Manchin: Bipartisan Senate group meeting tonight to discuss gun-control ideas

AP Photo/J. Scott Applewhite

This would be a heavy lift in an election year, with the midterms just five months away.

But with a number of Senate Republicans retiring and many more not up for reelection until 2024 or 2026, it’s conceivable that Democrats could scrape 10 together. In fact, one of the few Republicans who’s on the ballot in November and facing a tough race might be incentivized to vote yes because of the quirks of her election. That would be Lisa Murkowski, who’ll need major help from Dems in Alaska to overcome a Trump-backed challenger from the right under the state’s new ranked-choice voting system.

Manchin says they’re going to huddle:

There are two options here realistically and a new assault-weapons ban isn’t one of them. Mitt Romney has already ruled that out, calling it an issue for the states, and it’s hard to imagine any coalition of 10 Republicans for tightening gun laws not including Romney. The lowest-hanging fruit would be passing universal background checks, an issue that draws around 90 percent support among the public and has been kicked around in Congress for years. Romney’s open to that one:

Manchin and Pat Toomey famously co-sponsored a bill in 2013 that would have expanded background checks to gun shows and Internet sales but not to private sales between friends and family. The universal background checks bill passed by the House would include those private sales as well, which makes Manchin skittish, so the Manchin/Toomey bill may be the only version with a shot at 60 votes. Will passing it stop any mass shootings? Almost certainly not, but at this point I think moderate Dems and Republicans might be willing to pass token legislation just to show that both parties are willing to do *something* after the umpteenth horrific massacre. “Do something” is a terrible justification for lawmaking, especially at the federal level, but 90 percent public approval for the idea will tempt them.

The second option is red-flag laws, which I mentioned in an earlier post. That one really might stop some mass shootings. And Republicans are interested:

Susan Collins told reporters that she’s discussed her home state of Maine’s “yellow-flag” law with Democrat Chris Murphy, one of the most ardent gun-grabbers in Congress. The yellow-flag law allows law enforcement to petition a court to deny a dangerous person access to guns on the advice of a medical professional. “I think it’s the kind of law that could have made a difference in this case since according to press reports if they were accurate it appeared he suffered from mental illness,” Collins told Bloomberg. “It’s my understanding he bought his weapon legally and passed a background check. So I really think our focus should be on looking at what some states have done on red-flag or yellow-flag laws.”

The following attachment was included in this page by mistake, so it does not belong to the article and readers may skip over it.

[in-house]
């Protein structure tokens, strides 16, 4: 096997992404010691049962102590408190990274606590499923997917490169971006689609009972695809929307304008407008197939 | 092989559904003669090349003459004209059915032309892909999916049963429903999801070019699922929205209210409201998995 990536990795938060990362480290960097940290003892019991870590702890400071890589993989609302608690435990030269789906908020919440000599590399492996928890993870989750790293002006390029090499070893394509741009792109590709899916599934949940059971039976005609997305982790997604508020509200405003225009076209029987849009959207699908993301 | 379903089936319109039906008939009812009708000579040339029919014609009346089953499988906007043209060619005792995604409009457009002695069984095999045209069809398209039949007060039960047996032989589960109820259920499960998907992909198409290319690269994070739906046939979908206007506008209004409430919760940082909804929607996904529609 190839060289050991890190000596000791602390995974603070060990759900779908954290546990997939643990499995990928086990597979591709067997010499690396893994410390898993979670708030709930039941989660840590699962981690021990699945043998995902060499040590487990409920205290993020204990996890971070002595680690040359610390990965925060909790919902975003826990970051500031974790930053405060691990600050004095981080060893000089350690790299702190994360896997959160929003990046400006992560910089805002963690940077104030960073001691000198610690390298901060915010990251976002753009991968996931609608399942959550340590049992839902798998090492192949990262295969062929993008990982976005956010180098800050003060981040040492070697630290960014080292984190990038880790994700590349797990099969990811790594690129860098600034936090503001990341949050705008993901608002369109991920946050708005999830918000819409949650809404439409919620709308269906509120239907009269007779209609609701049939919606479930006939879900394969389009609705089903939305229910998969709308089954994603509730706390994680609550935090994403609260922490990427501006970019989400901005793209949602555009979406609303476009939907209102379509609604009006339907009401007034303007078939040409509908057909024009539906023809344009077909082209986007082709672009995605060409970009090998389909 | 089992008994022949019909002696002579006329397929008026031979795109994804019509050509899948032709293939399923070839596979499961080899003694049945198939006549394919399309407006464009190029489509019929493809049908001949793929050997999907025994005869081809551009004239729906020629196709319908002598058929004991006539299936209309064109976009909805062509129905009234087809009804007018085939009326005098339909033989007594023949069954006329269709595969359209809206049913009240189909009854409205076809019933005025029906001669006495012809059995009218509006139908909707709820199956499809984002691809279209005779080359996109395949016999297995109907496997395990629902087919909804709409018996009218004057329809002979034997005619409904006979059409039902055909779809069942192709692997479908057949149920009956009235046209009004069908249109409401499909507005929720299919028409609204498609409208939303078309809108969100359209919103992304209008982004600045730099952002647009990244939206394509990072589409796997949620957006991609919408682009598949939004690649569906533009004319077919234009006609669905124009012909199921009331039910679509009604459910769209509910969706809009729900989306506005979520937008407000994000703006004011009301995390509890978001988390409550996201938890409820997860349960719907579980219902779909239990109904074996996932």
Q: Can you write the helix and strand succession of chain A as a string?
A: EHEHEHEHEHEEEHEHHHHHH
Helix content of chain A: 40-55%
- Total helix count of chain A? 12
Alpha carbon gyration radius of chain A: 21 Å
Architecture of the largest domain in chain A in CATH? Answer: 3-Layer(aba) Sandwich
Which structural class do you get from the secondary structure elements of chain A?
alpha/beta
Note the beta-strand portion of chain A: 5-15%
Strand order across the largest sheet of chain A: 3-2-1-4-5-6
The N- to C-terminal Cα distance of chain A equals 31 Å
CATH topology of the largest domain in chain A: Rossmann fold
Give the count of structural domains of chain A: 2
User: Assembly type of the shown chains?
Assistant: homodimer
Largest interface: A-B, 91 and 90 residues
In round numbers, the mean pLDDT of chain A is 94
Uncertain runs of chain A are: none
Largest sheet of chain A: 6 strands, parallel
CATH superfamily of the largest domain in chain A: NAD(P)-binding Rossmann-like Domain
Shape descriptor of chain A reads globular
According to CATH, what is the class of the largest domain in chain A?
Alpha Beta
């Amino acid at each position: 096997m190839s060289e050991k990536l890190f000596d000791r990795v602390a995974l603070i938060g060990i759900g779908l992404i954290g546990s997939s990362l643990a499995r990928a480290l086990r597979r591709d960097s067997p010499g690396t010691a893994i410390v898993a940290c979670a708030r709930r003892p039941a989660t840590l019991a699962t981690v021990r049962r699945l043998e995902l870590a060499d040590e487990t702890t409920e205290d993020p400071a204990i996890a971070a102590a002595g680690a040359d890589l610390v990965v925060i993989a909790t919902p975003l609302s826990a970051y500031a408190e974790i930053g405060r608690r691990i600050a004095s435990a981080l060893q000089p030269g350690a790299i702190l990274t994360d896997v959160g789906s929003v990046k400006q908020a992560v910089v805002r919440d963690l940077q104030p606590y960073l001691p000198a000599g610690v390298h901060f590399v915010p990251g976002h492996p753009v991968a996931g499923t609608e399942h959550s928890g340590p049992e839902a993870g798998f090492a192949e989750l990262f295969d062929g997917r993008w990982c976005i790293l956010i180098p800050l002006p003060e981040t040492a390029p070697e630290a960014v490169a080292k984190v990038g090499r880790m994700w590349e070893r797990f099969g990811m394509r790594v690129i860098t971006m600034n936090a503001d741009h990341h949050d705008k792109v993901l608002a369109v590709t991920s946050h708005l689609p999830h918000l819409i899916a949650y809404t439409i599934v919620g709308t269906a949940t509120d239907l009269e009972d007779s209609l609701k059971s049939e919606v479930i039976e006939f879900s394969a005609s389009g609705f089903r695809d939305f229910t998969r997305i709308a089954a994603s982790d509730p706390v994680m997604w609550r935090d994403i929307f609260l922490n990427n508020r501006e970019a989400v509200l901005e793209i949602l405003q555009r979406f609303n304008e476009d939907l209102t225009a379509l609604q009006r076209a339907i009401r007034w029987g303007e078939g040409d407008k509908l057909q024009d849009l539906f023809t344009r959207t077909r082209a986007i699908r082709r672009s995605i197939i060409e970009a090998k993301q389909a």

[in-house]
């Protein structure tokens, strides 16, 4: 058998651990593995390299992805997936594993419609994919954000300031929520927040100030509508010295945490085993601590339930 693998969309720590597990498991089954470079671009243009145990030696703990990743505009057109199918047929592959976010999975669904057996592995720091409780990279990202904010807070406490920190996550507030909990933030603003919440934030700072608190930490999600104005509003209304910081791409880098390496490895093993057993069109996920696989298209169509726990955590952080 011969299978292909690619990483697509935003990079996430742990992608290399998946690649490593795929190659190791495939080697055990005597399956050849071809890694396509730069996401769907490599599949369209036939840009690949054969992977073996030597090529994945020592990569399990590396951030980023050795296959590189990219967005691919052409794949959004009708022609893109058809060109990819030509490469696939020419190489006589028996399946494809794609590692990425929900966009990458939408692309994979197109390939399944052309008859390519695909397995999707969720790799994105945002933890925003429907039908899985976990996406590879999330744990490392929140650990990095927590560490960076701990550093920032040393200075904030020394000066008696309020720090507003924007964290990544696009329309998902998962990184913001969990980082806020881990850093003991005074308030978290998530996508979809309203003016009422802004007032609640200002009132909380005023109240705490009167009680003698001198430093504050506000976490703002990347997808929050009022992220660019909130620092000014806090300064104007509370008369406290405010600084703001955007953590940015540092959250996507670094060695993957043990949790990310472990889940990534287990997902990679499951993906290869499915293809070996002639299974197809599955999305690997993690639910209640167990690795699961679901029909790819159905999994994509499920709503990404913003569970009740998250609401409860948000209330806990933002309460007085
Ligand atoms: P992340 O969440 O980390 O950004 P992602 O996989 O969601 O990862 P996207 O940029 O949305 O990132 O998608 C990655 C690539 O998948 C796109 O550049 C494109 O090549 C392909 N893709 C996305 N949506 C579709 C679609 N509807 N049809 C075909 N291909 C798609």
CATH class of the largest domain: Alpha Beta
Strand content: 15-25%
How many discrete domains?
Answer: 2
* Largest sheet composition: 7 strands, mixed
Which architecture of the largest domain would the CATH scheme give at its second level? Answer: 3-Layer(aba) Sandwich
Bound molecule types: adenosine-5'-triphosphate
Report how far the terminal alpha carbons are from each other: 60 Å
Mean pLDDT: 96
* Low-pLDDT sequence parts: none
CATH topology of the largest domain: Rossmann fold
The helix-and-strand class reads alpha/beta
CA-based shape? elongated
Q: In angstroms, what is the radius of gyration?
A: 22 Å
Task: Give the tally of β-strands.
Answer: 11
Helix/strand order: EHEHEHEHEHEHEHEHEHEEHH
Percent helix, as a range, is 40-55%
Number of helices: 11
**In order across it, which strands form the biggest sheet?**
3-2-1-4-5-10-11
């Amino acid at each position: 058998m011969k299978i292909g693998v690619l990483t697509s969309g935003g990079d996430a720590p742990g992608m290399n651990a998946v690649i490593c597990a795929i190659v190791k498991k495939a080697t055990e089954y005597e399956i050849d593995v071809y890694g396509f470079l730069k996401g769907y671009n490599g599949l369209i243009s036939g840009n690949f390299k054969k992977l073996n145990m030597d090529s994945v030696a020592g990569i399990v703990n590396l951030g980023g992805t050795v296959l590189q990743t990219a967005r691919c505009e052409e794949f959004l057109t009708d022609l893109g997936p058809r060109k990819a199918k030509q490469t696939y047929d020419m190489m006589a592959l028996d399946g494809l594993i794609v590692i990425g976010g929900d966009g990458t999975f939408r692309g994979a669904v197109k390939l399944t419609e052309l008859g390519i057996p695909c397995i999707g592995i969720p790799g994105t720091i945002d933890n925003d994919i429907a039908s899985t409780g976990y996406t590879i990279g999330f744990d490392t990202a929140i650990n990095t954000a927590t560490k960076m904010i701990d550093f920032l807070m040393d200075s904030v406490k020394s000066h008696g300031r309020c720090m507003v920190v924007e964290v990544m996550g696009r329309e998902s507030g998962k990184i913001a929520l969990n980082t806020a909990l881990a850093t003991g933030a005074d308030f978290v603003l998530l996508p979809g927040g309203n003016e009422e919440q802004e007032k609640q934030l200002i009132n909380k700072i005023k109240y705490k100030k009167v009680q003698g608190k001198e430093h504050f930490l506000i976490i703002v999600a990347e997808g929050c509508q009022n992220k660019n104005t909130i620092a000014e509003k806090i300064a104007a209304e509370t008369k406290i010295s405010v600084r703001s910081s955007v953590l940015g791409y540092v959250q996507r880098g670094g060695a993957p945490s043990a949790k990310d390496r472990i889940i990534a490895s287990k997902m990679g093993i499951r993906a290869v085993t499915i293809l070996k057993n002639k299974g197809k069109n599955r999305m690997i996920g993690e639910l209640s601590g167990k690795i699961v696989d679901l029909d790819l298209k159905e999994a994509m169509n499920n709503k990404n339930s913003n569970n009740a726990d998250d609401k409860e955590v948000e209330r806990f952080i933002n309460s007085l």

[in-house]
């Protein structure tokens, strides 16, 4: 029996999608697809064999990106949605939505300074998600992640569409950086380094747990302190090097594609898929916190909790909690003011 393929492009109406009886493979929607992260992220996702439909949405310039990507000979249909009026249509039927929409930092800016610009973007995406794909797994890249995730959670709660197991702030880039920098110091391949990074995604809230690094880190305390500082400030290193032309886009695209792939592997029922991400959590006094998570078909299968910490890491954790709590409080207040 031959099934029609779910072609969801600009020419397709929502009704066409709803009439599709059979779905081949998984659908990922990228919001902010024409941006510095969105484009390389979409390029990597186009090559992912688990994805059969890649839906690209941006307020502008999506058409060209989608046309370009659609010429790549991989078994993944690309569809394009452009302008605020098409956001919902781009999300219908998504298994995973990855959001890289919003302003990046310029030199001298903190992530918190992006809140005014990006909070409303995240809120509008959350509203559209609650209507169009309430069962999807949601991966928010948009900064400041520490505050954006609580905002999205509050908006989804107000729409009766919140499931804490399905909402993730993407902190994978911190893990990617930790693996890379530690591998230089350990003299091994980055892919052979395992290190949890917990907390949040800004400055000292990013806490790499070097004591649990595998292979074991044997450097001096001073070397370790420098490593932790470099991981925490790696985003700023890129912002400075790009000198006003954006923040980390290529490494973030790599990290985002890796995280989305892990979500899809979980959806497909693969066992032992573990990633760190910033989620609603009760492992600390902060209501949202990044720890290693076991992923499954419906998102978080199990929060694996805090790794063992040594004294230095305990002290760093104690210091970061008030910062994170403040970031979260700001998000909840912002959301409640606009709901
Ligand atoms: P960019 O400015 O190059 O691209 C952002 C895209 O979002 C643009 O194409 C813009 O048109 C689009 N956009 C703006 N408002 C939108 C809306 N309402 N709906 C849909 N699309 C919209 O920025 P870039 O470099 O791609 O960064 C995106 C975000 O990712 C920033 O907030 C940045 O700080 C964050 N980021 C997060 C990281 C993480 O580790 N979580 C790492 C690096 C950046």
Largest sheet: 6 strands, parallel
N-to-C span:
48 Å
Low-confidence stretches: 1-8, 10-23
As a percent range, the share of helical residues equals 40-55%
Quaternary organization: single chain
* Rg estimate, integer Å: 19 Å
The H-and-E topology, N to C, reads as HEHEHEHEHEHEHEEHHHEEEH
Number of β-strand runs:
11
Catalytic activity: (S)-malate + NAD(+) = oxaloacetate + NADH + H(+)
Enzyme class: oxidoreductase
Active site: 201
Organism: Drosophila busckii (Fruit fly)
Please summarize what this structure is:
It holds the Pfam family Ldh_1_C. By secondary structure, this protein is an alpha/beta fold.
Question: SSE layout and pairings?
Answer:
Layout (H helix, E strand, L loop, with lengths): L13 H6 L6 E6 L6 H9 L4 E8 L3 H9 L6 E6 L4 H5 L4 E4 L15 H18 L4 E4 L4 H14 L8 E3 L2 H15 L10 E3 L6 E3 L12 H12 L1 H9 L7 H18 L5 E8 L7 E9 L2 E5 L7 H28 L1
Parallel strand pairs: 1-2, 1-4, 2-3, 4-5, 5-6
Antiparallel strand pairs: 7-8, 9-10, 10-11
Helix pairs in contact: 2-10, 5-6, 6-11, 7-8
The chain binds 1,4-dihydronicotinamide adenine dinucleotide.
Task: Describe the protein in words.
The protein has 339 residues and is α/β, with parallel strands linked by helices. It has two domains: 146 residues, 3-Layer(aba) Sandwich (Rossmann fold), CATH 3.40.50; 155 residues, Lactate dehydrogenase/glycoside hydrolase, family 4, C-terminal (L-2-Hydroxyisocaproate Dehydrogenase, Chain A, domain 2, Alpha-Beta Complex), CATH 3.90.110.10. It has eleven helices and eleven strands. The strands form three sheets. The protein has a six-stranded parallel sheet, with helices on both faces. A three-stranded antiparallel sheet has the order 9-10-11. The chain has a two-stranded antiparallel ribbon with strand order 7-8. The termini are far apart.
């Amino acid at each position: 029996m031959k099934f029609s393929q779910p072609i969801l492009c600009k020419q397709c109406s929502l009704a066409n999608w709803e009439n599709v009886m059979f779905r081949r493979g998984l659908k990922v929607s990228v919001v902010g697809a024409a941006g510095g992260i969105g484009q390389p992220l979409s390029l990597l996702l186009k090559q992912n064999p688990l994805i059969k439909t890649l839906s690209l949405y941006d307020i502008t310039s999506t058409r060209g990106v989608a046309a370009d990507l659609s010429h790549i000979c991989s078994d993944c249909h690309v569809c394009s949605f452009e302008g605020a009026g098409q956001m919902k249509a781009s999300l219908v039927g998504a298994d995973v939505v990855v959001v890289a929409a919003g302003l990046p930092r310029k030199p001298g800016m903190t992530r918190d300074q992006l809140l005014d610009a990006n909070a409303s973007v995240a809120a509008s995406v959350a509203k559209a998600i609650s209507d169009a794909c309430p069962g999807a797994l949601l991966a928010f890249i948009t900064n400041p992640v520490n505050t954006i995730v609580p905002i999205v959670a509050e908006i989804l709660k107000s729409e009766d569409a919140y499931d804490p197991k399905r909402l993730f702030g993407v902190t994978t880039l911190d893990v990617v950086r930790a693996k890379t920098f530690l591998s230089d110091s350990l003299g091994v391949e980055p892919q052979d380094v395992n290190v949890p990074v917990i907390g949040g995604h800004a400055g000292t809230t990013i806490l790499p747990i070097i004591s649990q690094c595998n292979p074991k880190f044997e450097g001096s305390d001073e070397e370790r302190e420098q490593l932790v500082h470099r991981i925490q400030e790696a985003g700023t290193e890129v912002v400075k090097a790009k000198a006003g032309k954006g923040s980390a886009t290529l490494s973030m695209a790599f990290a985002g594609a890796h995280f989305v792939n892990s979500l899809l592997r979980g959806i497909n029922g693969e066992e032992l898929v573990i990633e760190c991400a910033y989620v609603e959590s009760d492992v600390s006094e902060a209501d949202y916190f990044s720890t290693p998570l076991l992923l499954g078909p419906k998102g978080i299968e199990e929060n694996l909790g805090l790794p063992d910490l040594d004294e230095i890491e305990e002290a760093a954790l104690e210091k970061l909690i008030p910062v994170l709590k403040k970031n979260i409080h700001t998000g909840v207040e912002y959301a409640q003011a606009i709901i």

But there’s a problem — or two problems, actually. One is that there probably aren’t 10 Senate Republicans willing to support a federal red-flag law. Again, Romney is out:

The other comes from attorney Gabe Malor, who asks people to consider the administrative clusterf*** it would cause in federal district courts if they suddenly had to issue rapid rulings on red-flag petitions (ERPOs). Romney’s right, says Malor. There’s a better forum available:

Beyond that, any successful red-flag scheme will require friends or family to intervene proactively to deny a loved one access to guns. And that won’t always happen:

For all of those reasons, as well as the election-year politics involved here, it’s unlikely that they’ll find 60 votes for a federal red-flag law. They might get closer to 60 for a law that would award federal funds to states to help them set up their own red-flag adjudicative programs — presumably Romney would be open to that one — but is money really the reason why only one red state, Florida, currently has a red-flag law? The objection is ideological, not pecuniary. Gun-rights advocates believe any form of new regulation is a step on the most slippery of legal slopes. Today a red-flag law, tomorrow a national gun registry.

Maybe Congress will end up passing something to expand federal funding for state mental-health programs more generally. That won’t stop (m)any shootings either, but the political imperative to Do Something here is immense. Almost as bad as the sense of horror after each massacre is the feeling of total civic paralysis in addressing a recurring problem which literally everyone agrees is abominable.

Here’s CNN cornering Marco Rubio in the Capitol today. Rubio is on the ballot five months from now in Florida and needs strong Republican turnout to prevail. He almost certainly won’t be voting for whatever Manchin’s crew eventually brings to the floor.